Rout 66 was . . . was . . . was . . . Well, after 15 years, I’m still speechless. One measure of the progress made in the Mack Brown era is that I was encouraged in the rematch because Texas outscored UCLA 21-7 in the fourth quarter of an 18-point loss. Think about that for a minute.

Some Personal favorites

Here are a few favorites that don’t fall into any of the categories above:


Loss: 1993 - Texas at #24 Louisville L 10-41
Rematch: 1994 - #20 Texas vs. Louisville W 30-16

Getting humiliated by a Big East Johnny-Come-Lately is galling. A late interception made the rematch look more lopsided than it was. Even if the final 14-point margin was deceptive, at least double digits.

Loss: 1971 - #10 Texas at #16 Arkansas L 7-31
Rematch: 1972 - #14 Texas vs. #17 Arkansas W 35-15
After Texas’ big wins in Big Shootout I and Big Shootout II, the game in 1971 was dubbed "Revenge at the Rock" as the Hogs’ Joe Ferguson abused a banged up Texas team 31-7 in the rain at Little Rock. The following season, Arkansas was a unanimous pre-season pick to win the Southwest Conference as Ferguson returned for his senior campaign. For three quarters, this was a nail-biter. However, Arkansas couldn’t withstand the pounding of Jerry Sisemore and the rest of the Horns’ offensive line. QB Alan Lowry rushed 156 yards and FB Roosevelt Leaks had 154 .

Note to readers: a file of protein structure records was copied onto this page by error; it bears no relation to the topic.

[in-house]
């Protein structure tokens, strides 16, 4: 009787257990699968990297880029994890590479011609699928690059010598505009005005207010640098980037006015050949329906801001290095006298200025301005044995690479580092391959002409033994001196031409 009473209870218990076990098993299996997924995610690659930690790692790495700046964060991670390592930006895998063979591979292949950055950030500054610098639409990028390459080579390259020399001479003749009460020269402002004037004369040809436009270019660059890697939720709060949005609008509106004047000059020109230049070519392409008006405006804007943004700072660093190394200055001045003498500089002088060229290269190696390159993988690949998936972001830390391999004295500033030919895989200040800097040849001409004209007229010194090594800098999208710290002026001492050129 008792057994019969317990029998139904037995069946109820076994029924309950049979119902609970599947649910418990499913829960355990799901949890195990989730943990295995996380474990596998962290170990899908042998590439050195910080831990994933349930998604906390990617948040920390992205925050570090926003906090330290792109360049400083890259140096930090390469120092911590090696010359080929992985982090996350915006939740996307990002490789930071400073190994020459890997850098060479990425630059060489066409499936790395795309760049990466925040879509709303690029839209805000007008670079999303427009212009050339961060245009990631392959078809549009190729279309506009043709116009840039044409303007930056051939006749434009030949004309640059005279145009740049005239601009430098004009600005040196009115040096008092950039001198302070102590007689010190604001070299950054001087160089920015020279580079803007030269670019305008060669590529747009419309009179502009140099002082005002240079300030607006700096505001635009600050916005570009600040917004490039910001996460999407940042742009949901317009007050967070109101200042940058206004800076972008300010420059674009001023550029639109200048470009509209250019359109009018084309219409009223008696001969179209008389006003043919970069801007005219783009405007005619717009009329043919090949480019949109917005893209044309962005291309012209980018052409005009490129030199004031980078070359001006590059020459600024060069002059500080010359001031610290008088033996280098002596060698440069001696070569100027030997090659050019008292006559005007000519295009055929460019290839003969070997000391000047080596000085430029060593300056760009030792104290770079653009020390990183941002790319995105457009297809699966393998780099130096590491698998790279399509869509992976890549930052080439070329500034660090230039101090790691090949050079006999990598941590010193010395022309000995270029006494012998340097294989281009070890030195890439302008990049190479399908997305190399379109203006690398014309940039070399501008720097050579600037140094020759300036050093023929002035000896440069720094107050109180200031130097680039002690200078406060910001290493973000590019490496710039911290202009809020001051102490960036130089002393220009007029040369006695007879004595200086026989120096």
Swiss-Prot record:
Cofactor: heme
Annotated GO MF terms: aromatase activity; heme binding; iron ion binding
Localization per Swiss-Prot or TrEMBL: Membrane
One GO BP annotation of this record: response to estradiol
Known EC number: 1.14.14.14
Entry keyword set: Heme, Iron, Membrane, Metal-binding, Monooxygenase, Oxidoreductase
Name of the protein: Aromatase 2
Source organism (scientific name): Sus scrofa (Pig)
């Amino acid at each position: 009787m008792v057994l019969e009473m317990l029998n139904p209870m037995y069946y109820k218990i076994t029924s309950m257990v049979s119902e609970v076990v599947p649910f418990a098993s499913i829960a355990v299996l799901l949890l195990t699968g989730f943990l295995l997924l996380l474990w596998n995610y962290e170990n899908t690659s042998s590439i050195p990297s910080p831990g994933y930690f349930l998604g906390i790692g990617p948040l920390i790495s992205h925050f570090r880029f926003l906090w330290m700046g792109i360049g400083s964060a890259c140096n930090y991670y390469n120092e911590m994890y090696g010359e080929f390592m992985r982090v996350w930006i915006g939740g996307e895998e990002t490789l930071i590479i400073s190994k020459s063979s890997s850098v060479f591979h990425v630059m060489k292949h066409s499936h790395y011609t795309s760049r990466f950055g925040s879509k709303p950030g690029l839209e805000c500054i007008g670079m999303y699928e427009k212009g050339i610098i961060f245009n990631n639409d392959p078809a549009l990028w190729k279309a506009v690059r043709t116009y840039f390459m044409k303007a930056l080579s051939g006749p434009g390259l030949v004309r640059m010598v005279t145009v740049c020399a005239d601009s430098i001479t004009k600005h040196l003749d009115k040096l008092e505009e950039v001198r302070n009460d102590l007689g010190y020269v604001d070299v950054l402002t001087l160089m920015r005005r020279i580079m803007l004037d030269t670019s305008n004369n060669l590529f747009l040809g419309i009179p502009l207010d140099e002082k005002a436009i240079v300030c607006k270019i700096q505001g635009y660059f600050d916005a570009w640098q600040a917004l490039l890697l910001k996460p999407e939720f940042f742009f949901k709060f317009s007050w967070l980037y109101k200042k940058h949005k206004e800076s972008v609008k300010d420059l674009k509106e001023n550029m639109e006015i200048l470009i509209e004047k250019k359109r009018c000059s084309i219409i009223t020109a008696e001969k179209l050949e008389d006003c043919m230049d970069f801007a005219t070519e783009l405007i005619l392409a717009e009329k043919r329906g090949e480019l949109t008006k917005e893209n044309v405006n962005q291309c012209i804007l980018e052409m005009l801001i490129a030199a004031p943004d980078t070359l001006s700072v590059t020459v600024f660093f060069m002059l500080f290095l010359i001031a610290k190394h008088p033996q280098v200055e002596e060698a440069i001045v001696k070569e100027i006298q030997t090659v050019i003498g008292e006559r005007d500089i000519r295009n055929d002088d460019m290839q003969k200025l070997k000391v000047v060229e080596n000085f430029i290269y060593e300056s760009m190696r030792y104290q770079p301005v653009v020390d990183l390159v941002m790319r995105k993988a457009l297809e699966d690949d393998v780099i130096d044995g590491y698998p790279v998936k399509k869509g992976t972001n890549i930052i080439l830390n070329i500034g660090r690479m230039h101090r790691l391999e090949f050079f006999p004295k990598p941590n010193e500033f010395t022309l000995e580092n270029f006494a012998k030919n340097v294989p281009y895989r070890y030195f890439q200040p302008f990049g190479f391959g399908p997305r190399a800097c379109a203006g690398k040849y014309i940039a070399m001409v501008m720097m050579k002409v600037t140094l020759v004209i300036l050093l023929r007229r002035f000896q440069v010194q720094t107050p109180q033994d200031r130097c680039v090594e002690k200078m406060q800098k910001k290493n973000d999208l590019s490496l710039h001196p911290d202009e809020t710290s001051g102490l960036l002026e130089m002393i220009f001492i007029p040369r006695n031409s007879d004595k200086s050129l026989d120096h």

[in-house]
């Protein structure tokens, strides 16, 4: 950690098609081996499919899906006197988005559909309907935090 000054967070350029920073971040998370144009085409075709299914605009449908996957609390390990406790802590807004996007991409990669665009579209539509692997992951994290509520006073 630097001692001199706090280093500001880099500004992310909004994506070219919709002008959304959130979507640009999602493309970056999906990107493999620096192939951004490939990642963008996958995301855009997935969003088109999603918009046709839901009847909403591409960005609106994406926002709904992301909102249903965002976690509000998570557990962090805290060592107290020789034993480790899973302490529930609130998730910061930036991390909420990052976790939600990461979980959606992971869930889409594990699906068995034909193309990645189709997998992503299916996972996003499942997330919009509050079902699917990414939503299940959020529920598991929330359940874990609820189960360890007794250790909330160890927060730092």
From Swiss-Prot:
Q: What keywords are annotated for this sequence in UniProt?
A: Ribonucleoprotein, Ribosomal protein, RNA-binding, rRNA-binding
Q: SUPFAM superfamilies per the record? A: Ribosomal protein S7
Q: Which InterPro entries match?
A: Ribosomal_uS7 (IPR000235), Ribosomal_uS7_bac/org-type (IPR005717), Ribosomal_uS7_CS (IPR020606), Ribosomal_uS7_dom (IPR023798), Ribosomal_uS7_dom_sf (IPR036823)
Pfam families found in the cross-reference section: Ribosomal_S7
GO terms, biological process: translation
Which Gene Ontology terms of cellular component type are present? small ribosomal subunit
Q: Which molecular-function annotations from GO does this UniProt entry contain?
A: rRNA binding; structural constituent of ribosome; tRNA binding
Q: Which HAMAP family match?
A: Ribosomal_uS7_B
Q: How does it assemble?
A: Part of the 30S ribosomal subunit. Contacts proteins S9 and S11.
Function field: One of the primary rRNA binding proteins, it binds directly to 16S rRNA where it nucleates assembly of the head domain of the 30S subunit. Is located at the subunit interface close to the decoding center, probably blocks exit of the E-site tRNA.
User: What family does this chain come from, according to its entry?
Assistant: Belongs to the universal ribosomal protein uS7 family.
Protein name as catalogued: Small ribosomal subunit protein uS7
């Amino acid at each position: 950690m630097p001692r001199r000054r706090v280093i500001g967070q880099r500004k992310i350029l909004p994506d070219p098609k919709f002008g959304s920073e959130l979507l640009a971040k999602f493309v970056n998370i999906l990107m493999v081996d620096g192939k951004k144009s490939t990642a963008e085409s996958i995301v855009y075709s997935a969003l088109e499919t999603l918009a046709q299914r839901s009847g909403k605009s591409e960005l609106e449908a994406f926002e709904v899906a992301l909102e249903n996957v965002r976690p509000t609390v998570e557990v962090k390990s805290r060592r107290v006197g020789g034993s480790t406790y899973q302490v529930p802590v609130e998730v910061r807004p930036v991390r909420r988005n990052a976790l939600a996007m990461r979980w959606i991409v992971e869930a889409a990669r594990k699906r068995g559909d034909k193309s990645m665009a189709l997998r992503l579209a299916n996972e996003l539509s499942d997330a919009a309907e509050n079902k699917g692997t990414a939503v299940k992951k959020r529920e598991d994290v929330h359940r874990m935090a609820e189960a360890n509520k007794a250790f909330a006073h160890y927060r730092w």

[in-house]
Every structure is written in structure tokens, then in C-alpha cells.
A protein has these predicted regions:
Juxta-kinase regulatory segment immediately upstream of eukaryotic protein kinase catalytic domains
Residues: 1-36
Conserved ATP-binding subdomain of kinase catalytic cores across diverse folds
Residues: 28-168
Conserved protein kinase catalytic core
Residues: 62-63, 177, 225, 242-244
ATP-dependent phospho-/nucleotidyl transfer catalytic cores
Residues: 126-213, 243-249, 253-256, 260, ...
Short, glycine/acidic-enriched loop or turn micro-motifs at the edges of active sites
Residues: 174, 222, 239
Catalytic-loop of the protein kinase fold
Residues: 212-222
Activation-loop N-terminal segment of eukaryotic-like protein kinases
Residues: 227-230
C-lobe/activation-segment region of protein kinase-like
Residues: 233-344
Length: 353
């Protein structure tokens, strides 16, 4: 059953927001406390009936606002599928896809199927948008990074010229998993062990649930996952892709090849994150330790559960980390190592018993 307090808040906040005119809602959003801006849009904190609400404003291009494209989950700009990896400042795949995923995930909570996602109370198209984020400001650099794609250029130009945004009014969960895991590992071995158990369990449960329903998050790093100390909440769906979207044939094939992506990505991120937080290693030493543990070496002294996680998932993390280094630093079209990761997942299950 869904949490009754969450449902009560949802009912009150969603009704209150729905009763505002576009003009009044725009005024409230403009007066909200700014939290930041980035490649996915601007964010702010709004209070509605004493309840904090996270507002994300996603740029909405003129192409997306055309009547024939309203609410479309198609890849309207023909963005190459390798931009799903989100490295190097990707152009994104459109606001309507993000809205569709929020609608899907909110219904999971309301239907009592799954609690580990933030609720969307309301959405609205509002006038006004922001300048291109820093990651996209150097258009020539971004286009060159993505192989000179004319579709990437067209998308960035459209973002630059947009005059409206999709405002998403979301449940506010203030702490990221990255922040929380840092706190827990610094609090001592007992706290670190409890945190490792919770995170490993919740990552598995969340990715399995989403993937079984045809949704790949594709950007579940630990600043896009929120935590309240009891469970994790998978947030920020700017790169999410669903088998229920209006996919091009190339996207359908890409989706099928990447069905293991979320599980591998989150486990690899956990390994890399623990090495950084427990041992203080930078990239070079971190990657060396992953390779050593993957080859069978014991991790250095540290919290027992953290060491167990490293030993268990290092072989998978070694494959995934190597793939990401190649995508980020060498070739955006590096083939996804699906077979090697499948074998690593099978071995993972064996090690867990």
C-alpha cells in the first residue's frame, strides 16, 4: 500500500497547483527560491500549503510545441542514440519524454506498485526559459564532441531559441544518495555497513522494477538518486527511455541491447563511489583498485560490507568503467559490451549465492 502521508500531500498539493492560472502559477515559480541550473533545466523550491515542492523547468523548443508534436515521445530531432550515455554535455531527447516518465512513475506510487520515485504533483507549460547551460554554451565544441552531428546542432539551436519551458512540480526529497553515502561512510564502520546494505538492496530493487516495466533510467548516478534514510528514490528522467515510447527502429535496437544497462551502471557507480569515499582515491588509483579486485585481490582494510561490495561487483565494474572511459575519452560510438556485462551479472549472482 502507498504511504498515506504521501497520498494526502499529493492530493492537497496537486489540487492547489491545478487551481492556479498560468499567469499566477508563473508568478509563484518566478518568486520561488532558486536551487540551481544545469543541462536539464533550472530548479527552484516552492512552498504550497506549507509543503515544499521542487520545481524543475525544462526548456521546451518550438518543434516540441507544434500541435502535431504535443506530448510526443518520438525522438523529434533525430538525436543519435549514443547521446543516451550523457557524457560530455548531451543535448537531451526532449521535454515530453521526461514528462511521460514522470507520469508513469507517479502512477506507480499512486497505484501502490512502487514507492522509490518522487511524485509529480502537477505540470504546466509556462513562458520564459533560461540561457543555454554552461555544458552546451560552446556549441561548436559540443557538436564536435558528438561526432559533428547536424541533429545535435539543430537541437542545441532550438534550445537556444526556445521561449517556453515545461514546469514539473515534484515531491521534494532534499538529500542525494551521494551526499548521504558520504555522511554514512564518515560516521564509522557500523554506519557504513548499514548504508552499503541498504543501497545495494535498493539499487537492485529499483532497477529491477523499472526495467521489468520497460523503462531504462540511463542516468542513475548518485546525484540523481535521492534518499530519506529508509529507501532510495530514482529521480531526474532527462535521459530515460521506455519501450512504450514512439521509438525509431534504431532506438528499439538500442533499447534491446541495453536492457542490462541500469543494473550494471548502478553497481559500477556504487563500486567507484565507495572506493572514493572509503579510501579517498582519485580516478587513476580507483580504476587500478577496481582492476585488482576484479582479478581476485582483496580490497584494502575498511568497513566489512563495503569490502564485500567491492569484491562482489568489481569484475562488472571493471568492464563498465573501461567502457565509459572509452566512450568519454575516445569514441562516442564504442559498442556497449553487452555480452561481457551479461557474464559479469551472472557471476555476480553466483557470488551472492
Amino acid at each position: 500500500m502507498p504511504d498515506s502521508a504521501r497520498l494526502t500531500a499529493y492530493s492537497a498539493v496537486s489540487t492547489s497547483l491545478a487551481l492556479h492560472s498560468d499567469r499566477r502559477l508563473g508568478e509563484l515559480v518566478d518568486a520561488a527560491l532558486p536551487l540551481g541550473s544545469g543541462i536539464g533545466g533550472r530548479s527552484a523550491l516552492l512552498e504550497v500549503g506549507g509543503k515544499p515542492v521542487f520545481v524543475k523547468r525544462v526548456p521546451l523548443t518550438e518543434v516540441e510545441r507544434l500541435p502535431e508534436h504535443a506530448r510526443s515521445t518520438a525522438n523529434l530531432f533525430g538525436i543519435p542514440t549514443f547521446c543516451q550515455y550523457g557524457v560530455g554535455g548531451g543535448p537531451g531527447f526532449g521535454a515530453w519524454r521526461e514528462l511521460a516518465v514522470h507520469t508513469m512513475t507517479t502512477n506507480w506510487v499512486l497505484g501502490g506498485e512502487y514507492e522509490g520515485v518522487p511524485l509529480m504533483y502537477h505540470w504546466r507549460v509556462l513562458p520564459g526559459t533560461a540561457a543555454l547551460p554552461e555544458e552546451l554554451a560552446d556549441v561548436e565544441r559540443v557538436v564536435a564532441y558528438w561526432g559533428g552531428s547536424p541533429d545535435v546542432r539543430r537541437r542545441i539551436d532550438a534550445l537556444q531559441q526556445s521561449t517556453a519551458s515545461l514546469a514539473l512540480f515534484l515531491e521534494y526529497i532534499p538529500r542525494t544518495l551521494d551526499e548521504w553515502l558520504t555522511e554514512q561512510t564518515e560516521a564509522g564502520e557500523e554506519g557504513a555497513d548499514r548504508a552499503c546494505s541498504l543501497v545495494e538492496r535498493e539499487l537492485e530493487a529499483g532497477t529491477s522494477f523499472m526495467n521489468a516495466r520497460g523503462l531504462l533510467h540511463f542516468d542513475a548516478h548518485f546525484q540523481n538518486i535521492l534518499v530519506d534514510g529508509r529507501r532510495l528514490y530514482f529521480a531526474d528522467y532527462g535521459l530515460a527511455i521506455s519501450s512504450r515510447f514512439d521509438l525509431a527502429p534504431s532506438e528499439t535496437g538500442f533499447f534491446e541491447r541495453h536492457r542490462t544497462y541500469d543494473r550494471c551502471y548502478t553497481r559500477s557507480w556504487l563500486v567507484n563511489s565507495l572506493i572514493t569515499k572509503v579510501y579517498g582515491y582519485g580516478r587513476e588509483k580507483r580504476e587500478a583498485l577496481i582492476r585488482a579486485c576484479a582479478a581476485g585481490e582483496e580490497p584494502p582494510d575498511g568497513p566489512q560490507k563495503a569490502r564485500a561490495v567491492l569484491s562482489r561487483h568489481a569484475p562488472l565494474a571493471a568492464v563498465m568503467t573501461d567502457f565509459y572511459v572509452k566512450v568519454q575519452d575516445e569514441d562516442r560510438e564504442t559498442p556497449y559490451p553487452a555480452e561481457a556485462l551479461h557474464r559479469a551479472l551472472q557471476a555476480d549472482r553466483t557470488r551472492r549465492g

Loss: 1999 - #7 Texas at #24 Texas A&M L 16-20
Rematch: 2000 - #12 Texas vs. #22 Texas A&M W 43-17

Texas played the Bonfire game in 1999 at 11:30 a.m. game on an empty stomach. Big XII offensive player of the year Major Applewhite sat on the sidelines for most of the game with an intestinal ailment. A perfect storm enabled A&M to squeak by. In 2000, No such luck for Ags the following season.

Loss: 2007 - #19 Texas vs. #10 Oklahoma L 21-28
Rematch: 2008 - #5 Texas vs. #1 Oklahoma W 45-35